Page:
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Spanish director Sebastián, his executive producer Costa and all his crew are in Bolivia, in the Cochabamba area, to shoot a motion picture about Christopher Columbus, his first explorations and the way the Spaniards treated the Indians at the time. Costa has chosen this place because the budget of the film is tight and here he can hire supernumeraries, local actors and extras on the cheap. Things go more or less smoothly until a conflict erupts over the privatization of the water supply. The trouble is that one of the local actors, is a leading activist in the protest movement. Written by
The scene where the little girl sees herself on screen was kind of a self homage by director/actress Icíar Bollaín. She wanted to transmit her first impression when she saw herself on screen being a teenager. See more »
correlation between conquistadors and corporations
I first got wind of the political situation in Bolivia around the time of the 2003 protests, and then during the 2005 presidential election that brought coca farmer Evo Morales to power, making him the country's first indigenous president. Oliver Stone's documentary "South of the Border" partly told the story of the World Bank-inspired water privatization in Bolivia: the World Bank forced Bolivia's government to pass a law making it illegal for people to collect rain in buckets since it would have broken the monopoly on water ownership.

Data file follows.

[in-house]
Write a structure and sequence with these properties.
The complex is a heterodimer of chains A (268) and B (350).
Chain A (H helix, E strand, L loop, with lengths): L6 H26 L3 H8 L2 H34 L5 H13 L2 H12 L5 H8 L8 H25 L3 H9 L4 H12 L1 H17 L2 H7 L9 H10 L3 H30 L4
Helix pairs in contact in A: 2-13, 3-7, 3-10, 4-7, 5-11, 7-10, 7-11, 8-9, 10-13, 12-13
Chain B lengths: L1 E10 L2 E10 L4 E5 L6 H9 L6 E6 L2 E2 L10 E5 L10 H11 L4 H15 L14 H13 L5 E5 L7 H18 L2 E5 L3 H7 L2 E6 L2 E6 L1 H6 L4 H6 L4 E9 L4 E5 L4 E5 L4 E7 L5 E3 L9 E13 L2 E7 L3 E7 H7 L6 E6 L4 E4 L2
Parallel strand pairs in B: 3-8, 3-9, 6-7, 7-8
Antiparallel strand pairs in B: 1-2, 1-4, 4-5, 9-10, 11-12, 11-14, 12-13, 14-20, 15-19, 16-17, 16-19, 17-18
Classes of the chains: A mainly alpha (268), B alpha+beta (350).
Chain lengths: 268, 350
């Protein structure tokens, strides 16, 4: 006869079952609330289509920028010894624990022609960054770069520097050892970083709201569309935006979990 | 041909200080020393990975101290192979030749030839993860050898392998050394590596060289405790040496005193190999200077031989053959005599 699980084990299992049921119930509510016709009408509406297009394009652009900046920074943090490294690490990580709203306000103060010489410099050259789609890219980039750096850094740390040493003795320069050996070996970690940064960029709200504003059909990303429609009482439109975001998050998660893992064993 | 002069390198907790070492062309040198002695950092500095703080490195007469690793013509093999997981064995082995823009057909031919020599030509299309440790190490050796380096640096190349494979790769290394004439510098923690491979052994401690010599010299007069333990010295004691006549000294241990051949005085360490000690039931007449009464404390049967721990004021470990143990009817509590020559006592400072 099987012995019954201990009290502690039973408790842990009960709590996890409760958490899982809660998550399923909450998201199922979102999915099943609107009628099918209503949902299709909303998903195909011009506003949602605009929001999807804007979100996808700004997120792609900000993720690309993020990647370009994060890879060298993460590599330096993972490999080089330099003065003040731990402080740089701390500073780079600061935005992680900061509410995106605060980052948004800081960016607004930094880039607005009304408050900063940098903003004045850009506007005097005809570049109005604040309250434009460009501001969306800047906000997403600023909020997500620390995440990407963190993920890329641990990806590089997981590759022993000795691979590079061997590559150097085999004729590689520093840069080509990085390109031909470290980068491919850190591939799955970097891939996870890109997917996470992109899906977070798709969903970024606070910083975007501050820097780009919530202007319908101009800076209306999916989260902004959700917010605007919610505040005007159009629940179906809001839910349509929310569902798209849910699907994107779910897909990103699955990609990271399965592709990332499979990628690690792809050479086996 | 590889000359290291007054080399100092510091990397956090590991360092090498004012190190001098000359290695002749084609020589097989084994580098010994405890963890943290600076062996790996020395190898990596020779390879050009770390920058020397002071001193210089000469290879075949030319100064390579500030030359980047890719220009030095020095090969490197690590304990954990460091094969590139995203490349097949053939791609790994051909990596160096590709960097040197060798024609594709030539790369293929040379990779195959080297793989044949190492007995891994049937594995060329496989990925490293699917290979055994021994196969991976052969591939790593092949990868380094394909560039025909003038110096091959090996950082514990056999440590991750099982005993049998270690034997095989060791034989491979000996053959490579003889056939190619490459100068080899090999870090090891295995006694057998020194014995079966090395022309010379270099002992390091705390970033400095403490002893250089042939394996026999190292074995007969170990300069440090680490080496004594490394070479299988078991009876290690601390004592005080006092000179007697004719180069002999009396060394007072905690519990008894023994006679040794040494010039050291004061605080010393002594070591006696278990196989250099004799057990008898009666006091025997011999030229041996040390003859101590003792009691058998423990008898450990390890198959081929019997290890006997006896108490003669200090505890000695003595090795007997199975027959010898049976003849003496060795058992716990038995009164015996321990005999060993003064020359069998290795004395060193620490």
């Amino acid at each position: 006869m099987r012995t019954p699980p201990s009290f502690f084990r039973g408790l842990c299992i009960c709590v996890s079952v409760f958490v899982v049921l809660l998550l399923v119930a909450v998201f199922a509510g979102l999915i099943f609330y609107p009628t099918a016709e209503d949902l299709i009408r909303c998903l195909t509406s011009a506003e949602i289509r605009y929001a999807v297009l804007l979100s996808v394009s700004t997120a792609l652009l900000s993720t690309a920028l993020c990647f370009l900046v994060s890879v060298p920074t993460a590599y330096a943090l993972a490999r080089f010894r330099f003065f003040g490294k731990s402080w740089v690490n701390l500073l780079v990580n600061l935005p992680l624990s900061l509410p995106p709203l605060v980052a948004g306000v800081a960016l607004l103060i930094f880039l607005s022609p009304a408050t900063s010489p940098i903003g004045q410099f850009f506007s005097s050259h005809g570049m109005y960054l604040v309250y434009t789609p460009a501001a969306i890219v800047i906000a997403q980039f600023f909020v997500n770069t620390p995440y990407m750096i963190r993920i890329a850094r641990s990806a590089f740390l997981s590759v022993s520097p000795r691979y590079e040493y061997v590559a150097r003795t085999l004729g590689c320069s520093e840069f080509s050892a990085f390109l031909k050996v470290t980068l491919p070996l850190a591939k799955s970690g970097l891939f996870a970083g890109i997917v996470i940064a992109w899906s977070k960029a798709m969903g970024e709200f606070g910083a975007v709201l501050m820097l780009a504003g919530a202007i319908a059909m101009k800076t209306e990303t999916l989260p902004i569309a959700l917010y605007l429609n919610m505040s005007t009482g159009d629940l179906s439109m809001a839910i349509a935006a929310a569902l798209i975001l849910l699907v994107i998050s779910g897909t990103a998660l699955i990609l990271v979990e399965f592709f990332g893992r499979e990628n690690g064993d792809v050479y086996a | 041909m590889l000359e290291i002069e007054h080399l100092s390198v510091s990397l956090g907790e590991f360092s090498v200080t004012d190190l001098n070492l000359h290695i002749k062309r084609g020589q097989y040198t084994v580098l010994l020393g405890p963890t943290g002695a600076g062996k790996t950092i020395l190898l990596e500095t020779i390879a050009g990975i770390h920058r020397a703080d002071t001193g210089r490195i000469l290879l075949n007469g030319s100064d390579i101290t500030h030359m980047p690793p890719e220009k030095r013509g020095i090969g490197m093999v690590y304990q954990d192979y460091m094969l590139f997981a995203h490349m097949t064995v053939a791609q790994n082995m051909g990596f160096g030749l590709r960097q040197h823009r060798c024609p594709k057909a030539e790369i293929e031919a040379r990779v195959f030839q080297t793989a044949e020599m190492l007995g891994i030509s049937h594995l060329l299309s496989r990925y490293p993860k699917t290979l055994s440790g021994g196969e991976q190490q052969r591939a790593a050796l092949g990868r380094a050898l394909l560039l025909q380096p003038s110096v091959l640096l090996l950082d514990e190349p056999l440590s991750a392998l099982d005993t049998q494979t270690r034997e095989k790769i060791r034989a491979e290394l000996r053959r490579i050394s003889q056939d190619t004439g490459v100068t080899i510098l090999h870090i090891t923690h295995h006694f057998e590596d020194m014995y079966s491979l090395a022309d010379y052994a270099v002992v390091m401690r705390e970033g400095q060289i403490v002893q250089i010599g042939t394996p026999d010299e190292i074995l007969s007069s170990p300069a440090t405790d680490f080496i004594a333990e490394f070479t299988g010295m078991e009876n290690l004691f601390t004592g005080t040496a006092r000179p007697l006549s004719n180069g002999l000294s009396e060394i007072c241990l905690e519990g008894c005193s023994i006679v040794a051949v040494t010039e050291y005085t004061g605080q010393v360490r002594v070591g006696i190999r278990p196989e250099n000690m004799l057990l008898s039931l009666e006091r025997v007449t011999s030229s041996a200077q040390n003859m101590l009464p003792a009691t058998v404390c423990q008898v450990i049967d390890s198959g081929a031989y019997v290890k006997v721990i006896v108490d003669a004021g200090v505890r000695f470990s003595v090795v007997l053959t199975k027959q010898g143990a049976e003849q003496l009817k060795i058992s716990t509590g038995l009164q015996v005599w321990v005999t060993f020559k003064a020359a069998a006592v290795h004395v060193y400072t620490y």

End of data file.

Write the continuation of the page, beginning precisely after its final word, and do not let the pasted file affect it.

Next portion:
Icíar Bollaín's "También la lluvia" ("Even the Rain" in English) tells the story of the privatization, contrasting it with Christopher Columbus's genocide against the Indians. Filmmakers Sebastian (Gael García Bernal) and Costa (Luis Tosar) arrive in Cochabamba to make a movie about Columbus's arrival in the Americas, and the Taino Indians' subsequent rebellion against the occupation. But the events depicted in their movie begin to play out in real life: when the government sets out to privatize the water supply, the actor playing Taino leader Hatuey is one of the leaders of the protests.
The movie - which is dedicated to Howard Zinn - obviously has as its main purpose to show the parallels between indigenous resistance 500 years ago and today. But more than anything, it should offer incite into the roots of the wave of progressive leaders who rose to power in South America during the first decade of the 21st century. I definitely recommend it.
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